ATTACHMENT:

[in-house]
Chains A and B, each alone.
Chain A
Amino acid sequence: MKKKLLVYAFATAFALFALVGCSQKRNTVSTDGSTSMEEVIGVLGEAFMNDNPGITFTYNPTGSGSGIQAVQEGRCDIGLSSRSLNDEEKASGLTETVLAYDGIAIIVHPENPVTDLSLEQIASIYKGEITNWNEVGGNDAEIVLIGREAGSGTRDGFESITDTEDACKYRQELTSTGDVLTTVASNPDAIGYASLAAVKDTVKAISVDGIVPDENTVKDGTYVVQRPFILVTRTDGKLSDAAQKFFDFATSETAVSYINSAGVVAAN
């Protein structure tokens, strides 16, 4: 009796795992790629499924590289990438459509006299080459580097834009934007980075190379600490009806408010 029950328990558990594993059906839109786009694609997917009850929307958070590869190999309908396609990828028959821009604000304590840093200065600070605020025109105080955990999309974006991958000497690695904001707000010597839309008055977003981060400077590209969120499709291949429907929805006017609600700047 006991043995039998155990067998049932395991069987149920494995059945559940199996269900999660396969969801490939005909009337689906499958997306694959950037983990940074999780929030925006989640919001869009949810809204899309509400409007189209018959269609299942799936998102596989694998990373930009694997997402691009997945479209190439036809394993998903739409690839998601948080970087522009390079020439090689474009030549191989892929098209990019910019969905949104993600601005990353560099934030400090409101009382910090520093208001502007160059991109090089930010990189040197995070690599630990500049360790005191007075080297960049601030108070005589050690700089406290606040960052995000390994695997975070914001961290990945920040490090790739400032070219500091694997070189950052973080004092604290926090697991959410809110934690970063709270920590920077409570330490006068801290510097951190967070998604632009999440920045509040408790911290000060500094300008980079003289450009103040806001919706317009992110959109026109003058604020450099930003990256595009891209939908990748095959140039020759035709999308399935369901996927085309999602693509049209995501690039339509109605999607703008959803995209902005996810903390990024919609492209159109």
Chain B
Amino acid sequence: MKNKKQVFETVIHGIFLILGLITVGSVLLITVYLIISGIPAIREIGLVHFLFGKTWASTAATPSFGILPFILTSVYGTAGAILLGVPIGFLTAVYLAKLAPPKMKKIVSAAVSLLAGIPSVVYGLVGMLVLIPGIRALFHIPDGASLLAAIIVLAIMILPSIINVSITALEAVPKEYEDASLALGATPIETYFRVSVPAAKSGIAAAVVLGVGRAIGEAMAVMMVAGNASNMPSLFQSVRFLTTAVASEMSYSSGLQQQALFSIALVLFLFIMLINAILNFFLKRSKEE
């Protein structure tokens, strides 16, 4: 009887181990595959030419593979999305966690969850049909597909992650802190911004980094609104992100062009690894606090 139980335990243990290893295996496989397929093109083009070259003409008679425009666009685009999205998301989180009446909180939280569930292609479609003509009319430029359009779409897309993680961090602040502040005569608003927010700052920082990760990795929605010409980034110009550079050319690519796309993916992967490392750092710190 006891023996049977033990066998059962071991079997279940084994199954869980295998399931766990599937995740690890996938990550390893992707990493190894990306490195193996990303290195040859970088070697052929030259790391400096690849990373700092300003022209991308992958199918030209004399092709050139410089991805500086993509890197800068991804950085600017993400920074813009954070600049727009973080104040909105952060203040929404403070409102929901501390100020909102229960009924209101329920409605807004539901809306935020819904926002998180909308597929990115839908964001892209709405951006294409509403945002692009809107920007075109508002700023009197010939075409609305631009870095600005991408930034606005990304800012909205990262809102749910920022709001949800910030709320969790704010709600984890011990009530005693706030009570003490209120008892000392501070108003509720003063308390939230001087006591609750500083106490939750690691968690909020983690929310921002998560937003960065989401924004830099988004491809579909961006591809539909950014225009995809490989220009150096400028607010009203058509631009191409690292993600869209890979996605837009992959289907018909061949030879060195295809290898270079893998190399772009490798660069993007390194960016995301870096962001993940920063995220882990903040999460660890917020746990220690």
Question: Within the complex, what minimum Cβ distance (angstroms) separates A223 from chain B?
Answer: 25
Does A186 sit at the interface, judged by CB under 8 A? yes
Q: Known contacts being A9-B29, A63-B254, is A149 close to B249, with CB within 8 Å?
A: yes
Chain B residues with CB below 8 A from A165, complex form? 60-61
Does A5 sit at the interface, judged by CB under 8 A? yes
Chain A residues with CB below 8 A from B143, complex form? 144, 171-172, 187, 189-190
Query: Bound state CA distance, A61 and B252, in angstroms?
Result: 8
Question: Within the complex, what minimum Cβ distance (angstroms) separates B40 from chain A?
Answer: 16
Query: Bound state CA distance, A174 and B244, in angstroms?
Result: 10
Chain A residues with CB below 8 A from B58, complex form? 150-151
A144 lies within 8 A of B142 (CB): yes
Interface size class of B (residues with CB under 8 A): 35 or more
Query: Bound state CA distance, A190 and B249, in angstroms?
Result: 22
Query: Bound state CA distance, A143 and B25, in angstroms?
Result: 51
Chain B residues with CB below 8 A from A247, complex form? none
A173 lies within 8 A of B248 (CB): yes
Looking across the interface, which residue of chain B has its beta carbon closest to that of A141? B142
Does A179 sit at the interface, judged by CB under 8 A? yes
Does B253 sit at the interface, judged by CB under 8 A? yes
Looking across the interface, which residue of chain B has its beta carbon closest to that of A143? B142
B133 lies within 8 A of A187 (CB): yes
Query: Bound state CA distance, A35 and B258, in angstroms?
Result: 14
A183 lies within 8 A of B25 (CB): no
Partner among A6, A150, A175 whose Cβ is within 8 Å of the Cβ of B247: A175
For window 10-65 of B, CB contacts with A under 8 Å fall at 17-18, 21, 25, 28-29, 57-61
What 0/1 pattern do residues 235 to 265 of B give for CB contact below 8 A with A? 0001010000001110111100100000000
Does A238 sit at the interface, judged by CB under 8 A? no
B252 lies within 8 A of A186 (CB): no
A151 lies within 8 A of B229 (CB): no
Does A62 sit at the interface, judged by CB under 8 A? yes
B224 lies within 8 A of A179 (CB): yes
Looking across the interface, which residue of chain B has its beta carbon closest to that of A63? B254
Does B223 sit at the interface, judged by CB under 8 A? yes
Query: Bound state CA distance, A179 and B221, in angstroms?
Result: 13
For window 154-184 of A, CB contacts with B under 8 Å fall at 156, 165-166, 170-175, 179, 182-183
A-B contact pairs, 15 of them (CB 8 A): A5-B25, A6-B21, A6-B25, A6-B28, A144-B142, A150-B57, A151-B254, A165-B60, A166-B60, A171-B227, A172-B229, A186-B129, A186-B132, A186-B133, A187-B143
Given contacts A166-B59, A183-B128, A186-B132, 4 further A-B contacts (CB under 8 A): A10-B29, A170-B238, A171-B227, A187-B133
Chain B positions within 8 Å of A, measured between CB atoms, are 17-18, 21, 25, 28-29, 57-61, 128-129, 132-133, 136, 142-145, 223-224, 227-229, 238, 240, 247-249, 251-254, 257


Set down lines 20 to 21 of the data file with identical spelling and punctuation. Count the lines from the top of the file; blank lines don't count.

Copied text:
Answer: 16
Query: Bound state CA distance, A174 and B244, in angstroms?